You say “schizophrenia” and I say “psychosis”: Just tell me when I can come off this medication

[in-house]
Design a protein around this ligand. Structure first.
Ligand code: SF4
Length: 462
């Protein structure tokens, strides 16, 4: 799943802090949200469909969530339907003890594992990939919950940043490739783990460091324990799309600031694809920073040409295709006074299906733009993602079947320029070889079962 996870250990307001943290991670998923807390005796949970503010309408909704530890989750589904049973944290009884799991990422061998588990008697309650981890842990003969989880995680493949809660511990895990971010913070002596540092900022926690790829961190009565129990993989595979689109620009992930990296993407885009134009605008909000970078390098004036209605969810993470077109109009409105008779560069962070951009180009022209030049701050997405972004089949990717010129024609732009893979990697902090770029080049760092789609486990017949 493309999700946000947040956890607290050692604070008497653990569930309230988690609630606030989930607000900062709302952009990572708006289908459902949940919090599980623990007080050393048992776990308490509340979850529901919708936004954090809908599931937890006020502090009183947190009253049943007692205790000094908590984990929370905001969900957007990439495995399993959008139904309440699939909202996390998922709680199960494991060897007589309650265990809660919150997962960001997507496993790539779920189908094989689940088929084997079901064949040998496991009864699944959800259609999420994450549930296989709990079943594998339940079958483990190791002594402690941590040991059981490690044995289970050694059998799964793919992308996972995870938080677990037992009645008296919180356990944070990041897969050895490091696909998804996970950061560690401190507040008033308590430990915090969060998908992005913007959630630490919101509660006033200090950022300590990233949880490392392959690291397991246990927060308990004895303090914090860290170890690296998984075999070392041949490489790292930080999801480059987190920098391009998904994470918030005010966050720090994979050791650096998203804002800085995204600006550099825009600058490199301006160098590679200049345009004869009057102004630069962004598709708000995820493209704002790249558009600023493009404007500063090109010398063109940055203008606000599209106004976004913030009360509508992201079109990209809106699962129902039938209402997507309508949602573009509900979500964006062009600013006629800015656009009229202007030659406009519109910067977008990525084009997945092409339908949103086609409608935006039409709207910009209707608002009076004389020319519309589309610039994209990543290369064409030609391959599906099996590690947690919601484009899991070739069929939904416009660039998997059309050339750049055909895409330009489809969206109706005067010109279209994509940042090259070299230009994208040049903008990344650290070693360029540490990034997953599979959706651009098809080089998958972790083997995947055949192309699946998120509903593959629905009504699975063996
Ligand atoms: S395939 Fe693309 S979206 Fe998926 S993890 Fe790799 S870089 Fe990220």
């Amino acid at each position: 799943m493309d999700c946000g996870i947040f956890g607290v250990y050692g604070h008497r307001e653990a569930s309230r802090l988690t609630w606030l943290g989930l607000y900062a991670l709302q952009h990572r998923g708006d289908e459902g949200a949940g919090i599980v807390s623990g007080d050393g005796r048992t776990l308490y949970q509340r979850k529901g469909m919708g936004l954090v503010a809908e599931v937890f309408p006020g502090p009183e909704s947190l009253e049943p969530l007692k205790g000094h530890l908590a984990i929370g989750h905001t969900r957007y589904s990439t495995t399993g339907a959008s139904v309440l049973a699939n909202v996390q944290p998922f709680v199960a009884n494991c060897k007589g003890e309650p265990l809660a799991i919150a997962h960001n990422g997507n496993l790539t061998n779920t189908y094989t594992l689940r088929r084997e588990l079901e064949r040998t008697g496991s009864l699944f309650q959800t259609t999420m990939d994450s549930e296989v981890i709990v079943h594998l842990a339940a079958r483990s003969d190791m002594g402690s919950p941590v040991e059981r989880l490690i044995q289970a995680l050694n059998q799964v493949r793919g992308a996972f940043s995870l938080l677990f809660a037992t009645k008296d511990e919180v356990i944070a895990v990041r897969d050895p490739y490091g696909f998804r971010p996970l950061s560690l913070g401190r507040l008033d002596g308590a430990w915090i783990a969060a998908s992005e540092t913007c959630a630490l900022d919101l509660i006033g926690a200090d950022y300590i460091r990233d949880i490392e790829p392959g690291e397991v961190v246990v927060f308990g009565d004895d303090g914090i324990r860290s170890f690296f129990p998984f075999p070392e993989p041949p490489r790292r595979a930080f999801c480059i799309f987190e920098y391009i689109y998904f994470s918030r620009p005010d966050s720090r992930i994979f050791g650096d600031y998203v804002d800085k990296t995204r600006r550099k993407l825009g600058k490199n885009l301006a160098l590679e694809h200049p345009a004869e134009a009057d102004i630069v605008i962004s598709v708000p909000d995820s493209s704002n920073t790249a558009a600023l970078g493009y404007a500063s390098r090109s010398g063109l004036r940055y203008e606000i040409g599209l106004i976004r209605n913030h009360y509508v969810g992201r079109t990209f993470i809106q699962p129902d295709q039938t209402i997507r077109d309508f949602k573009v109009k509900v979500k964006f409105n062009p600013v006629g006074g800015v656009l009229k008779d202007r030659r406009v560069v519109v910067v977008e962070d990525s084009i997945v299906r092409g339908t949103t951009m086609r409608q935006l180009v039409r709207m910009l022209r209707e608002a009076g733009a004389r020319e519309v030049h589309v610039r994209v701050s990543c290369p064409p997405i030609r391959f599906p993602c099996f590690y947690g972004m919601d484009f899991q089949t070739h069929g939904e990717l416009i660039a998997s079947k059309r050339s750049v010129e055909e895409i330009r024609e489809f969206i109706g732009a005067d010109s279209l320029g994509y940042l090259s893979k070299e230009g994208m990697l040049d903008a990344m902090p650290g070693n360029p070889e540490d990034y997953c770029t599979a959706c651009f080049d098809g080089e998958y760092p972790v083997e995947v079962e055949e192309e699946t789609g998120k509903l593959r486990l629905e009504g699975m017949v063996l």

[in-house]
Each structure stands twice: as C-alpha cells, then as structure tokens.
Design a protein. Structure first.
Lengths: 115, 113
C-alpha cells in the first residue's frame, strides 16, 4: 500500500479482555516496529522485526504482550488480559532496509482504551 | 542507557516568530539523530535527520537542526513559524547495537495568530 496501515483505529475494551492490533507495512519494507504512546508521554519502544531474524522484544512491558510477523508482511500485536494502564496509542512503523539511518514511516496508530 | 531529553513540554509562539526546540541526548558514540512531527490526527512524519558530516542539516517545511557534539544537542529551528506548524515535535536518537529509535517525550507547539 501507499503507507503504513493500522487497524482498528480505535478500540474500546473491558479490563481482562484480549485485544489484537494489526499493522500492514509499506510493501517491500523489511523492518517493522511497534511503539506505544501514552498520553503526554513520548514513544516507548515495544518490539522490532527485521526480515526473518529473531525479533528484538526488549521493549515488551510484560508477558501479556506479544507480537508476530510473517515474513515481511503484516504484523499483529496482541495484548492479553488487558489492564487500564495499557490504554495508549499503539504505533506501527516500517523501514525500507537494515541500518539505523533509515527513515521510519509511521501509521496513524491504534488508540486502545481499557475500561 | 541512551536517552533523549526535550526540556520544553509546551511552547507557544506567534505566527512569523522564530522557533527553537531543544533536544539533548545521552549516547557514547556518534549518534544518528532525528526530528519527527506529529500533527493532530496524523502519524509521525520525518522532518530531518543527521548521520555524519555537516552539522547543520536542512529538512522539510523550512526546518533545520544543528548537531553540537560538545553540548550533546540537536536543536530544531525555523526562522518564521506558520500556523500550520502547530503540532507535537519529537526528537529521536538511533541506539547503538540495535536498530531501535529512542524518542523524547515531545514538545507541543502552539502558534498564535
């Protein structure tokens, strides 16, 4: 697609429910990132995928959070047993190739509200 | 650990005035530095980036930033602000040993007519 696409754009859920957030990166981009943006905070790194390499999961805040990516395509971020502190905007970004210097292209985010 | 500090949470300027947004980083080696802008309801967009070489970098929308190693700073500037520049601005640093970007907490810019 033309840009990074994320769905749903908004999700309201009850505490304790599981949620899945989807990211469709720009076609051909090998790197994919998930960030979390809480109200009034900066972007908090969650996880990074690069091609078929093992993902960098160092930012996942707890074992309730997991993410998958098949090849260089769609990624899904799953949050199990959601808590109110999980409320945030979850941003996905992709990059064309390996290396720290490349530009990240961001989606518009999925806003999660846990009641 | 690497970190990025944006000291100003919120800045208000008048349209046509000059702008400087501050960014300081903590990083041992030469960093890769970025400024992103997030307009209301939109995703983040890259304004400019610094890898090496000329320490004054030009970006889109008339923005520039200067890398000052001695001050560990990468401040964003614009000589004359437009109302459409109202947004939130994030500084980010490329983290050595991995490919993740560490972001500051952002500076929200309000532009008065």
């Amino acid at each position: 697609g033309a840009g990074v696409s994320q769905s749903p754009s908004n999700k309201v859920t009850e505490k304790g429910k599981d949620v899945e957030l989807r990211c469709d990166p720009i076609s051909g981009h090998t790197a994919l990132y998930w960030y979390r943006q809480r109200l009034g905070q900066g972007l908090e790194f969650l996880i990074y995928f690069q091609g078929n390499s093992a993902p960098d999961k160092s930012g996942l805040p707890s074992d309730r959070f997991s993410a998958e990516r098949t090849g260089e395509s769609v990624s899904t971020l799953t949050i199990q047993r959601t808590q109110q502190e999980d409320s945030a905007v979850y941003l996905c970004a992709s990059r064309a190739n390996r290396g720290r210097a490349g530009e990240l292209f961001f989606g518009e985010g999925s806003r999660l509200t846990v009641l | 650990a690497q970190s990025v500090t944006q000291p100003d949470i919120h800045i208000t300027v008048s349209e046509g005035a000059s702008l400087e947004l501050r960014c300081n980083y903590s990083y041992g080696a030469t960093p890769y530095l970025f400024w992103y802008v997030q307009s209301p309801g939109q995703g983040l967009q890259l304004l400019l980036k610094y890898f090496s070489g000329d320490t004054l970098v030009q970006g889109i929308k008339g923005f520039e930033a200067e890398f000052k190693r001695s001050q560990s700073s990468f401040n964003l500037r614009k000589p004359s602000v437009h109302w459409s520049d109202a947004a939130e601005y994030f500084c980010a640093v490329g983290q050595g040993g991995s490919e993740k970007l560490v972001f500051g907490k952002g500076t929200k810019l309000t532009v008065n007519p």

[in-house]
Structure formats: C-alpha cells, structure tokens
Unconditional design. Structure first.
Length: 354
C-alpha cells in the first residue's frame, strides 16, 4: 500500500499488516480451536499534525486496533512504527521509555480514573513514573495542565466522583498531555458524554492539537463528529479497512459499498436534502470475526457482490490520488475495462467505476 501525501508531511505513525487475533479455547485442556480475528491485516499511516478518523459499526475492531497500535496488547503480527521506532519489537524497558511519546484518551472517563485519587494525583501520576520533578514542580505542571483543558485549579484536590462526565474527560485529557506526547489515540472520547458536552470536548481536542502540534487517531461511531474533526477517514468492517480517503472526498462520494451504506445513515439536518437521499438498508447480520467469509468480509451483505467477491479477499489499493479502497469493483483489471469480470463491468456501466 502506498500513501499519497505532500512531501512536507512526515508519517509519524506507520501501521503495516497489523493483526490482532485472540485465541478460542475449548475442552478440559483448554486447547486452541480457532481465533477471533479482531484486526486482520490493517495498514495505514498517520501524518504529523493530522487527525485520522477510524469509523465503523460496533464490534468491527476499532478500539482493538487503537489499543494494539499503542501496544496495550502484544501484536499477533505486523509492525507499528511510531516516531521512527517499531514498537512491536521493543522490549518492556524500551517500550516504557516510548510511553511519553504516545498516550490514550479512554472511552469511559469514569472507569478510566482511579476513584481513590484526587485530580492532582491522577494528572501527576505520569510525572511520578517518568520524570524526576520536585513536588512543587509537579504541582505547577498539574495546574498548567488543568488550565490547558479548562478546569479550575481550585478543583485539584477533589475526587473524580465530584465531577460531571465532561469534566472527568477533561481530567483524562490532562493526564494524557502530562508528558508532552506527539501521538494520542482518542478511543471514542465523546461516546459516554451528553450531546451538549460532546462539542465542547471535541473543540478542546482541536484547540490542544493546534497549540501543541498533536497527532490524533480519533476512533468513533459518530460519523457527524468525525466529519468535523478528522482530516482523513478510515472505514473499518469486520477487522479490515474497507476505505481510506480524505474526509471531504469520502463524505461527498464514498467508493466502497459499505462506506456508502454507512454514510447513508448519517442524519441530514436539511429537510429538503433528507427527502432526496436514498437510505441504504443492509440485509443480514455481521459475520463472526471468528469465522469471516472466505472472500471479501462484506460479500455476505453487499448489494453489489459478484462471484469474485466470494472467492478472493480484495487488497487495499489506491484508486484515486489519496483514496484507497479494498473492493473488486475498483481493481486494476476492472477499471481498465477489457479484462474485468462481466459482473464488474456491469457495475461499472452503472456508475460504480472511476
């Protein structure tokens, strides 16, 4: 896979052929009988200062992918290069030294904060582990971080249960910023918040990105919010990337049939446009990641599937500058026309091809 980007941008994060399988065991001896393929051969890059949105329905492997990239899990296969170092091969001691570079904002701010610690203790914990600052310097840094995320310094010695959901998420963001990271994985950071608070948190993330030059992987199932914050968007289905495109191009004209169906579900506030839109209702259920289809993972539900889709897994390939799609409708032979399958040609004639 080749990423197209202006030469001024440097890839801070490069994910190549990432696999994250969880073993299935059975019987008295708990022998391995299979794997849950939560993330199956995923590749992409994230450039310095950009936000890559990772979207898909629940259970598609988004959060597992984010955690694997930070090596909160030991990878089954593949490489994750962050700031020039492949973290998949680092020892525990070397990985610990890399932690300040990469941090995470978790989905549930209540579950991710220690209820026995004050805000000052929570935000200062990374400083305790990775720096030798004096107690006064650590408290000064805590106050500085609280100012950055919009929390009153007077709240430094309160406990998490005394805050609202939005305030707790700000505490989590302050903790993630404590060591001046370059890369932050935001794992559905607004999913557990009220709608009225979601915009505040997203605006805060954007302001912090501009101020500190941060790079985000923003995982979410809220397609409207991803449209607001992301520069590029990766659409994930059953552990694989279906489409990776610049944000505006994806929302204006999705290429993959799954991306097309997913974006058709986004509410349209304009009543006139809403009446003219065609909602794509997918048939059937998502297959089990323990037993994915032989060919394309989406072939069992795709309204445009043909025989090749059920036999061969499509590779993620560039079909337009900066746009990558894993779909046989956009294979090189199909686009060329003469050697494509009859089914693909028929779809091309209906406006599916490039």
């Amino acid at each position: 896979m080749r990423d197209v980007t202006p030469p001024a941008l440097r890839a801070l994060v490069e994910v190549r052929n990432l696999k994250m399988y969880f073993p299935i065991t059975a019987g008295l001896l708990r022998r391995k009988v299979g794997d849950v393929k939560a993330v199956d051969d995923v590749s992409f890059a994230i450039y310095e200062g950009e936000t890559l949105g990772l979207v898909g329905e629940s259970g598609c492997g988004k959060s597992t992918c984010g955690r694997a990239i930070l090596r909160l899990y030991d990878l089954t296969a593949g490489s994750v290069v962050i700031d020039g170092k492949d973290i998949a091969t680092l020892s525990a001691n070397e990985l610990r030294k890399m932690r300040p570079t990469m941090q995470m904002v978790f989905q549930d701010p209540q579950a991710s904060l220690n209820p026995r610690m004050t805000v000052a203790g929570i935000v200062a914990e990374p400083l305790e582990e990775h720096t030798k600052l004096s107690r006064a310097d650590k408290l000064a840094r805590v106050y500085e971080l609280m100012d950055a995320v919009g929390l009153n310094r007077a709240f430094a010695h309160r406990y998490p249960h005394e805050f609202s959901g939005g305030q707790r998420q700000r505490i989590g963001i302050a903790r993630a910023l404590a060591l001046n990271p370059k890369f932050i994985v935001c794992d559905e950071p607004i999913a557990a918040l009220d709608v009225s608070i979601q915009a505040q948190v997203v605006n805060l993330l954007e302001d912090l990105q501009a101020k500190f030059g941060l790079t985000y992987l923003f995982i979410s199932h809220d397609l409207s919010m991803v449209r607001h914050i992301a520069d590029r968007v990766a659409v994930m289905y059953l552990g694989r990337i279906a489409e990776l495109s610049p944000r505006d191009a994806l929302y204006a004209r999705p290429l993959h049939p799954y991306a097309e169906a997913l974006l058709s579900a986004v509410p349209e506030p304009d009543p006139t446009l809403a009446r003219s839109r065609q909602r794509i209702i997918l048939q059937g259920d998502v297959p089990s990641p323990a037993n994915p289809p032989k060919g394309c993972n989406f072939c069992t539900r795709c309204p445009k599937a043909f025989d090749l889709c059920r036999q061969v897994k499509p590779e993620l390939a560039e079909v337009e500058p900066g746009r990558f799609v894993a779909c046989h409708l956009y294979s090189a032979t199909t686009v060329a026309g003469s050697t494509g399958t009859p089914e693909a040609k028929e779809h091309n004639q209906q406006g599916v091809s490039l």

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Individuals experiencing a first episode of psychosis are likely to respond well to treatment with antipsychotic medications. Of those treated for a first episode of schizophrenia, three out of four can expect to achieve remission. The question of how long antipsychotic medication should be continued has been a topic of heated debate in the field. Longitudinal studies of individuals diagnosed with a first episode of psychosis have reported that as many as 30% may be able to come off of medications without relapsing while treatment discontinuation studies have found that very few patients remain in remission off of medication. This paper reviews the literature on relapse rates following a first episode of schizophrenia and identifies factors that contribute to the discrepancies in the rates reported. These factors include sampling considerations, the distribution of psychiatric diagnoses, the duration of follow-up, the rate of medication discontinuation and the criteria used to define illness recurrence. We propose that individuals for whom the diagnosis of their first psychotic episode is determined with ongoing follow-up to be due to schizophrenia are at extremely high risk of relapse and should be advised to continue antipsychotic medication for the long-term. Those whose first episode of psychosis is determined to be due to other causes are also at high risk of illness recurrence off medications. Recommendations for maintenance treatment should be tailored to reflect the risk of relapse and sequelae of relapse associated with specific causes of first episode psychosis.
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